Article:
Triskaidekaphobia – Fear of Friday 13th to you and I…
Today is Friday the 13th, and for many this presents a day constantly looking over their shoulder, watching how many drains they walk over, saluting magpies and general crazy behaviour resulting from limiting beliefs. There are a group of people for the fear or phobia of Friday 13th has become so intense that they are quite simply paralysed and unable to perform the simplest tasks or even leave their homes. Triskaidekaphobia is the word used to categorise this and it is derived from the literal meaning as ‘superstition about the number thirteen’. There is another word too, but not yet in any dictionaries, and I will need to type this slowly…paraskavedekatriaphobia, even typing this my spellchecker has melted down!
If we examine this and many other limiting beliefs, they are driven from an overall need to be well, be safe, and be secure. The number 13 has long been associated with bad luck, and has even spawned a number of movies of the same name, therefore reinforcing the belief. People often seek out evidence that there is something true in their beliefs. I mentioned earlier the superstition of walking over drains. It is my understanding from delegates on my courses that walking over three drain lids is considered bad luck. OK, but how do get around the fact that most cities are built on entire drain and sewage systems, surely they could be more hazardous than simply the drain cover? The saluting of magpies also fascinates me, I am sure that in magpie social gatherings that they must have little magpie competitions to see who amongst them can get the most salutes in a day, perhaps they salute certain types of people, perhaps they have a word for ‘salute’ oh and do you think they fly over three drains?
From early childhood we are given a set of beliefs and values that we live by. These represent right and wrong, fair and just. We don’t question them, yet they can have far reaching consequences. Let me elaborate. We are told as children not to speak to strangers. Again fair enough, we do not want to end up in the boot of a stranger’s car, having been molested on the promise of seeing some kittens or rabbits do we? But as life goes on this belief subtly raises its head. With sales people for example. In a study that was carried out by Dudley and Goodson on the issues of call reluctance in sales people, it was established that the sales people who were most reticent about picking up the phone were those who had this belief reinforced to them. As salespeople they are driven by the need to be liked, build rapport and trust and not be rejected. This is the adult manifestation of the belief, with the salesperson not picking up the phone as they believe that the person on the other end of the phone will be mean to them, hurt them or reject them, therefore damaging their confidence and ability to move on. Furthermore, those same sales people were also told as children not ‘answer back’ or ‘speak up to their elders’. Again this creates a belief ‘that other people are far more important than little me and won’t want to be bothered with me’ and that their organisations are more important than the ones they work in. This is known as ‘over respect’ and is a huge driver in sales call reluctance. You can read more on this in their book The Psychology of Sales Call Reluctance. Dudley and Shannon (1999) available in all good bookshops and of course the ‘Big River’ online retailer!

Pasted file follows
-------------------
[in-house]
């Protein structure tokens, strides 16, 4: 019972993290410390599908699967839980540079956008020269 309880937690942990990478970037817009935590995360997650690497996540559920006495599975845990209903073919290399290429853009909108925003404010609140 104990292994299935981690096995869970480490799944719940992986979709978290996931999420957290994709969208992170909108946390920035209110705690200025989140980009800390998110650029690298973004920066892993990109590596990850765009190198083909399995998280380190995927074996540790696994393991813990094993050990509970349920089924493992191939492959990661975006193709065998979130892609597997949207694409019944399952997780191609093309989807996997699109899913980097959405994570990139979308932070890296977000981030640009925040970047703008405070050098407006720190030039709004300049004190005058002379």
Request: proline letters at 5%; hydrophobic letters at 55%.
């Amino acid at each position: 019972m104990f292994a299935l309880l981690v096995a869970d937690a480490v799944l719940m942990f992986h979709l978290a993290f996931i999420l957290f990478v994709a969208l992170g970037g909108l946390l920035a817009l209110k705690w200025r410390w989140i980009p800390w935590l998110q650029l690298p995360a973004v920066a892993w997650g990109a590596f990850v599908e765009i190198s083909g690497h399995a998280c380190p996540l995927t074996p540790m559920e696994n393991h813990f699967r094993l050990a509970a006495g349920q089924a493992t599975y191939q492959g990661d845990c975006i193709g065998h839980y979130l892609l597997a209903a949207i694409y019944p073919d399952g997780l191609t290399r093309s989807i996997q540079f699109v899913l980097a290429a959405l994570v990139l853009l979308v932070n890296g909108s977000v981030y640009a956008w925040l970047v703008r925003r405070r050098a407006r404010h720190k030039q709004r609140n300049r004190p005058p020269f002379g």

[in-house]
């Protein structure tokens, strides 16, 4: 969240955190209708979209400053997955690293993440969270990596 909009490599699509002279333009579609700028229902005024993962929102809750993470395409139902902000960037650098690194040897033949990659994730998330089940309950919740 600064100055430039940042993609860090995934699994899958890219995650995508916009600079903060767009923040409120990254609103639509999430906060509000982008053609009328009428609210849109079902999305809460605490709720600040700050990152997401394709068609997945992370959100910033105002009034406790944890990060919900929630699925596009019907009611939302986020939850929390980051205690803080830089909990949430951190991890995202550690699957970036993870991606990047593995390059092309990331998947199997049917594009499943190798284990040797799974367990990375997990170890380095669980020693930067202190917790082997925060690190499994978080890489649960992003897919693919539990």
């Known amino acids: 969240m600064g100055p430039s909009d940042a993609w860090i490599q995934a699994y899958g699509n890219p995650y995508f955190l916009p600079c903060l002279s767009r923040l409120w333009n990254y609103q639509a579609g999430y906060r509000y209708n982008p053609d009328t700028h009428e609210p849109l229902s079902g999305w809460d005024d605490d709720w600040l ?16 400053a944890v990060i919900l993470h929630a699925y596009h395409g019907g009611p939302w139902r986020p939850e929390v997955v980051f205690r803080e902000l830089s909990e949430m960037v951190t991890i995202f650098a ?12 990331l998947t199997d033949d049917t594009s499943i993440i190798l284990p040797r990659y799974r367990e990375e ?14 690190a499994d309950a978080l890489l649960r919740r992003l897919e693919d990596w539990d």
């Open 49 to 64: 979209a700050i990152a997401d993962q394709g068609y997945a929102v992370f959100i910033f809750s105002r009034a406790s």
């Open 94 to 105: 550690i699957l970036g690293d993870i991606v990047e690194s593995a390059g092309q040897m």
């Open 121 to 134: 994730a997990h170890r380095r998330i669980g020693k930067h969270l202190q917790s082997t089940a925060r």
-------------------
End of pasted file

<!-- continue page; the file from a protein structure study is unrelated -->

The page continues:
These beliefs whilst instilling a sense of order and safety are valid, however as human beings with the ability to think and choose we must be sure to adapt our behaviour further to allow ourselves to be successful and grow in our careers and relationships. Using Mindfulness can be particularly helpful as it allows us to stop, take pause and be present; not judging but observing, and not reacting but responding. The combination of the judging and reacting behaviour demonstrates limited thinking and an inability to take on information and assimilate different behaviours that could give a better outcome. The presence of stress, anxiety or dread can then come about as our levels of aggression and in some cases and passiveness in others kicks in. In direct contrast, by observing and responding we become more considered, allowing for other options to come into play with a sense of reason. The resulting assertive behaviour will then be more productive and constructive. All this from simply stopping, taking pause and being present. Mindfulness truly is quite spectacular in it subtle approach.
Perhaps when people who suffer with a fear or phobia, whether it is anything to do with Friday 13th, Magpies, Drains or even walking under ladders, could just stop, be present and consider exactly what they are doing, by addressing the other options open to them using simple Mindfulness techniques.
Now back to today, and I have just realised that not only is it Friday 13th, but it is the start of the weekend and that should be something to believe is good…
Simon Hares is the SerialTrainer7 and if you need one to one coaching or would like to attend an Assertiveness session please get in touch via firstname.lastname@example.org.